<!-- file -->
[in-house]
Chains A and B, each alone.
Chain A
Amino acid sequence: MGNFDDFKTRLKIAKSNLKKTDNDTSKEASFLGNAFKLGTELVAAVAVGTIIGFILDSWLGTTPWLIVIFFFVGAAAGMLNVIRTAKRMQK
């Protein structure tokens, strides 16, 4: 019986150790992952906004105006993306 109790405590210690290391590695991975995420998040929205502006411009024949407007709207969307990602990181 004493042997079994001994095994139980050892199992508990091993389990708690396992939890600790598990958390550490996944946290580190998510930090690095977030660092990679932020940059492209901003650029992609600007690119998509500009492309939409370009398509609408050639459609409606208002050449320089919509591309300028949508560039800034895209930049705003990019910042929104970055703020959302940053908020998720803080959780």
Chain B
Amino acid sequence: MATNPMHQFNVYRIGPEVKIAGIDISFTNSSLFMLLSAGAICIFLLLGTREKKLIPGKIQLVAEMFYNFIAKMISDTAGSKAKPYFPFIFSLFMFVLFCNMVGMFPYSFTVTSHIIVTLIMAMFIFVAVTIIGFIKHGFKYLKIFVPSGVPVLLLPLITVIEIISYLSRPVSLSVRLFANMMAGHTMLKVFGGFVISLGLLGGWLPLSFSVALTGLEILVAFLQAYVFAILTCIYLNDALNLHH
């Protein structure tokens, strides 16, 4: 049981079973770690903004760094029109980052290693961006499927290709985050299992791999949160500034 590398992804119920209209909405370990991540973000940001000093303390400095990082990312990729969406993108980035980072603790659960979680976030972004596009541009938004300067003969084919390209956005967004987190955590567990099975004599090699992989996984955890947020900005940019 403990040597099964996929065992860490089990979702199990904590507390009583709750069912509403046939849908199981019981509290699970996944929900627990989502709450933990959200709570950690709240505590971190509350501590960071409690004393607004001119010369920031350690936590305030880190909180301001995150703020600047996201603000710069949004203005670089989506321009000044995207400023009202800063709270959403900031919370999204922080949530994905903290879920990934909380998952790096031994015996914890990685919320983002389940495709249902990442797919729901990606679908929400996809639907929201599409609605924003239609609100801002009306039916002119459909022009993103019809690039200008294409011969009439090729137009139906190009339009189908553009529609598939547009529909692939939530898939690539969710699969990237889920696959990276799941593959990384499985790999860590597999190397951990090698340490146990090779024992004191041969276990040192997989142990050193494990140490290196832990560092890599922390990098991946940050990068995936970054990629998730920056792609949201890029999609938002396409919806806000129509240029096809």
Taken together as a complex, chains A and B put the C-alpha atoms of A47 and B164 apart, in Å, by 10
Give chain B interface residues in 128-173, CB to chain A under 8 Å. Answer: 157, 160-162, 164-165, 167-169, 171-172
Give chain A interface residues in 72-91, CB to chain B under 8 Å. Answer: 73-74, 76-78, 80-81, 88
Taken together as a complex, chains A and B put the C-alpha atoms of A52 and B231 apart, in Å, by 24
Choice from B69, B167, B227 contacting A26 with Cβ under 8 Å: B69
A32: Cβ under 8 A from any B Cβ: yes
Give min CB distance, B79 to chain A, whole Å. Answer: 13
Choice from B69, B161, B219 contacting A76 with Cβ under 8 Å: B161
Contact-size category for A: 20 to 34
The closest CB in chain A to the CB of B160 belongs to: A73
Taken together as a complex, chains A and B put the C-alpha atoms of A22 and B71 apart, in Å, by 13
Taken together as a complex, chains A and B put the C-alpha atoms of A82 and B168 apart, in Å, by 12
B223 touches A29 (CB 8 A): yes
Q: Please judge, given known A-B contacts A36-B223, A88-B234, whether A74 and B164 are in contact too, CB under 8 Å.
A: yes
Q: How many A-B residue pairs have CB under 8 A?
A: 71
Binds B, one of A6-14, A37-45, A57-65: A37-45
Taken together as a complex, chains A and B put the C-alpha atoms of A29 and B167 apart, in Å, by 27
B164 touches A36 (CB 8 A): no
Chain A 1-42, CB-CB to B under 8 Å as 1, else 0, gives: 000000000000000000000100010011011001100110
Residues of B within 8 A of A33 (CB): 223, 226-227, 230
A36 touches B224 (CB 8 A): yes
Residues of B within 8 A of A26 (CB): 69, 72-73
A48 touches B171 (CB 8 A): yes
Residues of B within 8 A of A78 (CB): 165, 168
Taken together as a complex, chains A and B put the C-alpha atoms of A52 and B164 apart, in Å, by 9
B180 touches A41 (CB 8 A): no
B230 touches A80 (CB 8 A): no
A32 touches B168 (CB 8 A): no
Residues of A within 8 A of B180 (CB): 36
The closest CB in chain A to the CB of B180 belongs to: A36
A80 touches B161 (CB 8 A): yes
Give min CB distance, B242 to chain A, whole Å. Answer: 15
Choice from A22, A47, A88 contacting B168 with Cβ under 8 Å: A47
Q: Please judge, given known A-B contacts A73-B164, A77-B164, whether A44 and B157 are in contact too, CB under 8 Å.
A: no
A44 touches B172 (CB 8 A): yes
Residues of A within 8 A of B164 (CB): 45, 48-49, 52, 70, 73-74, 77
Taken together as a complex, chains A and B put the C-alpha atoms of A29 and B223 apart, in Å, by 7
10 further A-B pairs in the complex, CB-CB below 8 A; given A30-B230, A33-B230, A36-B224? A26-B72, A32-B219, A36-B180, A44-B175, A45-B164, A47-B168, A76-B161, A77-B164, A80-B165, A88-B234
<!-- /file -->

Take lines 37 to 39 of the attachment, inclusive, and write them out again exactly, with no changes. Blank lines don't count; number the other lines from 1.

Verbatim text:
B230 touches A80 (CB 8 A): no
A32 touches B168 (CB 8 A): no
Residues of A within 8 A of B180 (CB): 36